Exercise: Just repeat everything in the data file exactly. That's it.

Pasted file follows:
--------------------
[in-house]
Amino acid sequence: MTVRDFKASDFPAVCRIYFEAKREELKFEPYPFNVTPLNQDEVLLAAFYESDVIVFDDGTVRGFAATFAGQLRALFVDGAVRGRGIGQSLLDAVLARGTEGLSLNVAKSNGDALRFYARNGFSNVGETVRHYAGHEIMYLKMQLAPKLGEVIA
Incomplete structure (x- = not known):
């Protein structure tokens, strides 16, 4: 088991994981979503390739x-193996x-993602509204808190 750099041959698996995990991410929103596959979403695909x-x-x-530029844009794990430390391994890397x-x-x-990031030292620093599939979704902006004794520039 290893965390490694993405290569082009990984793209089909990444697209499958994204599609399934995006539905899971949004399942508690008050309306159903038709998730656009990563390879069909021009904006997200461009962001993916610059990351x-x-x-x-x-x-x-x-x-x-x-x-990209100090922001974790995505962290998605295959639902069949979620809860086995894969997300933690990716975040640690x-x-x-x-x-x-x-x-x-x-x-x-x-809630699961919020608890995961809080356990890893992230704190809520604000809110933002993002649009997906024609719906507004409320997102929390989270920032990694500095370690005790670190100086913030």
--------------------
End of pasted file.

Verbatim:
[in-house]
Amino acid sequence: MTVRDFKASDFPAVCRIYFEAKREELKFEPYPFNVTPLNQDEVLLAAFYESDVIVFDDGTVRGFAATFAGQLRALFVDGAVRGRGIGQSLLDAVLARGTEGLSLNVAKSNGDALRFYARNGFSNVGETVRHYAGHEIMYLKMQLAPKLGEVIA
Incomplete structure (x- = not known):
């Protein structure tokens, strides 16, 4: 088991994981979503390739x-193996x-993602509204808190 750099041959698996995990991410929103596959979403695909x-x-x-530029844009794990430390391994890397x-x-x-990031030292620093599939979704902006004794520039 290893965390490694993405290569082009990984793209089909990444697209499958994204599609399934995006539905899971949004399942508690008050309306159903038709998730656009990563390879069909021009904006997200461009962001993916610059990351x-x-x-x-x-x-x-x-x-x-x-x-990209100090922001974790995505962290998605295959639902069949979620809860086995894969997300933690990716975040640690x-x-x-x-x-x-x-x-x-x-x-x-x-809630699961919020608890995961809080356990890893992230704190809520604000809110933002993002649009997906024609719906507004409320997102929390989270920032990694500095370690005790670190100086913030």